The merits have been batted around like a volleyball, but only time will tell what kind of an impact a 72-hour early-signing period for college football recruits will have on the recruiting process.
The Collegiate Commissioners Association signed off Monday on changes to the National Letter of Intent program including a new three-day signing period in December which will allow 2018 high school seniors to put their signatures on binding letters of intent.
This year's window is Dec. 20-22, mirroring the initial signing date that junior college football players have to sign with Division I programs.
It is designed to let high school seniors who have concrete college plans sign letters of intent and essentially be done with the recruiting process.
It allows college programs to take a look at where they stand in late December and map out strategies to fill needs during the final weeks of a recruiting calendar that will continue to lead up to a February signing date.
That's all good.
How it plays out in reality will unfold over time and promises to be interesting to watch.
If a player who has verbally committed to a school opts not to sign in December, what kind of message does that send to the school?
Does the school drop the kid and move on rather than risk ultimately losing a recruit who may simply be holding on while waiting for the next big offer to come along?
What happens if a school requests that a player who has verbally committed hold off on signing, suggesting that the school might have a bigger fish on the line?
What happens to a signed recruit if there is a coaching change, a coordinator's change or an assistant coaching change between the December signing date and February?
Those questions will be answered, most likely in a multitude of ways, as this all plays out.
Iowa coach Kirk Ferentz has been a long-time supporter of an early signing period, saying often that "basketball coaches got it right'' with the introduction of a November signing date in that sport years ago.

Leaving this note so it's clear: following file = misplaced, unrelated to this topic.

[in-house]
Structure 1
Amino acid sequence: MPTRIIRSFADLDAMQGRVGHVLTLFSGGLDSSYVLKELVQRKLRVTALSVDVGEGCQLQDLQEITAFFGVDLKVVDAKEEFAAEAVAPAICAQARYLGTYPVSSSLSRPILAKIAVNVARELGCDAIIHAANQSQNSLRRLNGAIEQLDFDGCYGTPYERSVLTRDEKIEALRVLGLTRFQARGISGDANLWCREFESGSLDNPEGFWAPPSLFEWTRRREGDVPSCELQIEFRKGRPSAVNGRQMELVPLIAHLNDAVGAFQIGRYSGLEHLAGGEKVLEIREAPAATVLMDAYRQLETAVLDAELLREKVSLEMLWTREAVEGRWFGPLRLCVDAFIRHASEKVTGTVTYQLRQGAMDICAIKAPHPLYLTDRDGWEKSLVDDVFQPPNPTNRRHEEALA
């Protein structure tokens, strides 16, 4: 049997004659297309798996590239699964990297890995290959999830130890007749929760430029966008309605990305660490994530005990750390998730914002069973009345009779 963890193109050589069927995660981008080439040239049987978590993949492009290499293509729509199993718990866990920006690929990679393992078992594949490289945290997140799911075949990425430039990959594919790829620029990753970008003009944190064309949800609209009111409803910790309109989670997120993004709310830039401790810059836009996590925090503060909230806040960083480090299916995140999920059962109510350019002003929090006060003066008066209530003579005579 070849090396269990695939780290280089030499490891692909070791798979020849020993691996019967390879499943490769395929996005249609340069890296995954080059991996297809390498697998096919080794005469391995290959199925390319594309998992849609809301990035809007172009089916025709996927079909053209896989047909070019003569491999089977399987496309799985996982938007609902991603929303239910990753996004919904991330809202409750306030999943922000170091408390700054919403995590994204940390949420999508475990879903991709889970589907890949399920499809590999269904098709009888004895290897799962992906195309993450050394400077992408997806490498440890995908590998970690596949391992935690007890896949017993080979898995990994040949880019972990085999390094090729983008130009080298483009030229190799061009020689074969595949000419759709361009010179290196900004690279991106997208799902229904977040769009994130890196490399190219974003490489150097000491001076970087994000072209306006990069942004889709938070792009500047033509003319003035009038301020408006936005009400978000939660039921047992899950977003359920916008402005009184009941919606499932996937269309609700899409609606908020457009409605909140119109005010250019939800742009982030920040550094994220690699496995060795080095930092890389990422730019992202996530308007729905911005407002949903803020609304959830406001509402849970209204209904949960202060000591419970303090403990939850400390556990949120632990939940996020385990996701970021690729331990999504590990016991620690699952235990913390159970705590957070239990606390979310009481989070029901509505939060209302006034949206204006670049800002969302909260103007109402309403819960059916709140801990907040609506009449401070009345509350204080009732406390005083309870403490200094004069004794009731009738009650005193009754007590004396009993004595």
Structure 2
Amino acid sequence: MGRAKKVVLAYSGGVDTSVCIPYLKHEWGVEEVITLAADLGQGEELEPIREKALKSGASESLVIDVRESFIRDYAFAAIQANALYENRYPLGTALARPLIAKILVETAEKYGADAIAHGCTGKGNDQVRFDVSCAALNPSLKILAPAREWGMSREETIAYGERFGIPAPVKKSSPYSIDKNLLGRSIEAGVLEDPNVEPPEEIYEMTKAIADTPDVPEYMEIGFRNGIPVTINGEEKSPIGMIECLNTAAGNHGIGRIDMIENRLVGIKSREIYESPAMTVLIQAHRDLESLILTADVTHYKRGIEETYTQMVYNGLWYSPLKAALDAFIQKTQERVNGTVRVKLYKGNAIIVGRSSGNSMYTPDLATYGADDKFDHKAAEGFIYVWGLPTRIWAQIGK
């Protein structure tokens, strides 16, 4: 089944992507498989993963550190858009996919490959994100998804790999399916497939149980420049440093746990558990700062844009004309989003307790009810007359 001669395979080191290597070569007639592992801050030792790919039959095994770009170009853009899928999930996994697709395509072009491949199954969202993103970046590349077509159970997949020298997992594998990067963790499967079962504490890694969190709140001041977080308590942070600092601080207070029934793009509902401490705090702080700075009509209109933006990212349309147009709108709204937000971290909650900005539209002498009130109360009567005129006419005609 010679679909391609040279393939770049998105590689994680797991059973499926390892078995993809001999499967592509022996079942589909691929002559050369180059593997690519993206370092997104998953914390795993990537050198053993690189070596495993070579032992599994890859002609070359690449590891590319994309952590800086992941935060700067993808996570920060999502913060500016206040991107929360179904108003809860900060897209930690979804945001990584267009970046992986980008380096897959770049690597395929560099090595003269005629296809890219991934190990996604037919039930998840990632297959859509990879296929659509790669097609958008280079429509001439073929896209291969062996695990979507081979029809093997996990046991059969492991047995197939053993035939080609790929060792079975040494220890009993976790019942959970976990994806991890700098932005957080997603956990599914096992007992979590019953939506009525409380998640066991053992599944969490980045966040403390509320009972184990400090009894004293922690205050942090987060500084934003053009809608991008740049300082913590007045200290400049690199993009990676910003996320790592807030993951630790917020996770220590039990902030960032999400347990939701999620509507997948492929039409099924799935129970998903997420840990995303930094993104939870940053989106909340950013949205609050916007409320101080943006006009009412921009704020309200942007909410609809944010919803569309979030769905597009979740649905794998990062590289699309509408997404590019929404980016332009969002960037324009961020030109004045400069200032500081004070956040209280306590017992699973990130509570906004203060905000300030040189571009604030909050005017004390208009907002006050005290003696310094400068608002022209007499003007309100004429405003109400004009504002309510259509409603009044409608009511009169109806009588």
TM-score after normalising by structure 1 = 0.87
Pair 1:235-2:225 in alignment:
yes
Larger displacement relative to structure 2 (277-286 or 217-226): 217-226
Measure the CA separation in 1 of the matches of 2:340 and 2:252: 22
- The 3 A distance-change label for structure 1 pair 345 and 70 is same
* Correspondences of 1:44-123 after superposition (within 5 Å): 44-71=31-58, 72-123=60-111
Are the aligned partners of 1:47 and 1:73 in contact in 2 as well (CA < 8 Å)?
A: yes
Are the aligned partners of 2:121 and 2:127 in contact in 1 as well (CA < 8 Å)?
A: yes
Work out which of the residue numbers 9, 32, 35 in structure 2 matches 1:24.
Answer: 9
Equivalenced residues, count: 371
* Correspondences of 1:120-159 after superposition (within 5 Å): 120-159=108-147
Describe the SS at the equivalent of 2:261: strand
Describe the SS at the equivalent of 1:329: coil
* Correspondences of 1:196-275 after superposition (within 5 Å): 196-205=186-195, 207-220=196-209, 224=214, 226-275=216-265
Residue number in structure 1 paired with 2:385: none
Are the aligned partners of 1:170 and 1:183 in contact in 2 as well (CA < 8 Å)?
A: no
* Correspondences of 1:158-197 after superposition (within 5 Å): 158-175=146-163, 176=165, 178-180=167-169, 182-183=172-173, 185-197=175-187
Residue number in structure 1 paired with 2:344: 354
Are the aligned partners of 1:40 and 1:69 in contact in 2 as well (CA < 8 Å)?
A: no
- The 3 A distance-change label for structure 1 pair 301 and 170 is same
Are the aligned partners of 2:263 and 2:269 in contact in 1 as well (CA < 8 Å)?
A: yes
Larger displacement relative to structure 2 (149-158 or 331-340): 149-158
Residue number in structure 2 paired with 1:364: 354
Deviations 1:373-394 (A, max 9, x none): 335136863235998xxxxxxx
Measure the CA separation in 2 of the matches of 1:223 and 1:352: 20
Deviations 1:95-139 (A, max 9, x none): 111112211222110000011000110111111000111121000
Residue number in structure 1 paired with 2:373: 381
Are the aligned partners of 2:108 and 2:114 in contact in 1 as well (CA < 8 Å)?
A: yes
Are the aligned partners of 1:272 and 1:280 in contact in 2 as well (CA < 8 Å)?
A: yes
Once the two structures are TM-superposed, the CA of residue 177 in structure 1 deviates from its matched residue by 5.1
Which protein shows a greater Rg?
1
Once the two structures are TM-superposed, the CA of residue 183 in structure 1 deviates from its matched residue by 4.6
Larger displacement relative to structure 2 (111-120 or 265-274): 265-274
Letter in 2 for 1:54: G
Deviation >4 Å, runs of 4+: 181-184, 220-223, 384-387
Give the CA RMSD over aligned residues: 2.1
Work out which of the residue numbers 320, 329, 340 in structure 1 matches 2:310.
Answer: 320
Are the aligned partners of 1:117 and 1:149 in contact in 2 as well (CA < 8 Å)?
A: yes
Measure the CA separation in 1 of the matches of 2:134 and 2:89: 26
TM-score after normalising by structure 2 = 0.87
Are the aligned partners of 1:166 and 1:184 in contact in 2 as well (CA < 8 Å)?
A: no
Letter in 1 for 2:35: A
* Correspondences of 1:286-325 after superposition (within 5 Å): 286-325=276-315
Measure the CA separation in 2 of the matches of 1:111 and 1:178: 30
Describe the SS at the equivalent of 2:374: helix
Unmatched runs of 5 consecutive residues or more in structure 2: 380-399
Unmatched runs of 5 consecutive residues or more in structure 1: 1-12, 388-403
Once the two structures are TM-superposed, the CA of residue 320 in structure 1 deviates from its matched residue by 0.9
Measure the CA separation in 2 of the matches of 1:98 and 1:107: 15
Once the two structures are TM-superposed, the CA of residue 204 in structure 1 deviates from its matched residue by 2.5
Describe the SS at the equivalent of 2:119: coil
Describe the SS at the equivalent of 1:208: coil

He would prefer a date earlier than the December date that was approved, but will take the current change as a positive.
He also has pointed out that several players who have developed all-Big Ten talent with the Hawkeyes were committed to other schools, many in the Mid-American Conference, at the time of what will now be the December signing date.
"How is that going to affect how you make decisions?'' Ferentz said last month. "Do you have to dig up Micah Hyde earlier and make a commitment to him earlier rather than later? Desmond King the same way. Those two guys right off the bat. We've had a lot of guys that way.''
And Ferentz gets the flip side as well.
"Conversely, are the prospects willing to tread water a little bit?'' he said.
Time will tell, and right now, that is probably the only thing set in stone.
Ferentz gets that, too.
"One thing is for sure,'' Ferentz said. "Things will be more clear after the December signing period. We'll know where people stand in terms of being really committed as opposed to saying they're committed.''
There is also a twist to this year's process.
Recruiting rules changes approved by the NCAA recently, including allowing prospects to take paid official visits in the spring and summer prior to their senior year, will impact 2019 recruits.
Recruits in the 2018 recruiting calendar, while eligible to sign letters of intent on Dec. 20, will not be able to take a paid official campus visit until Aug. 1 as has been the case in past years.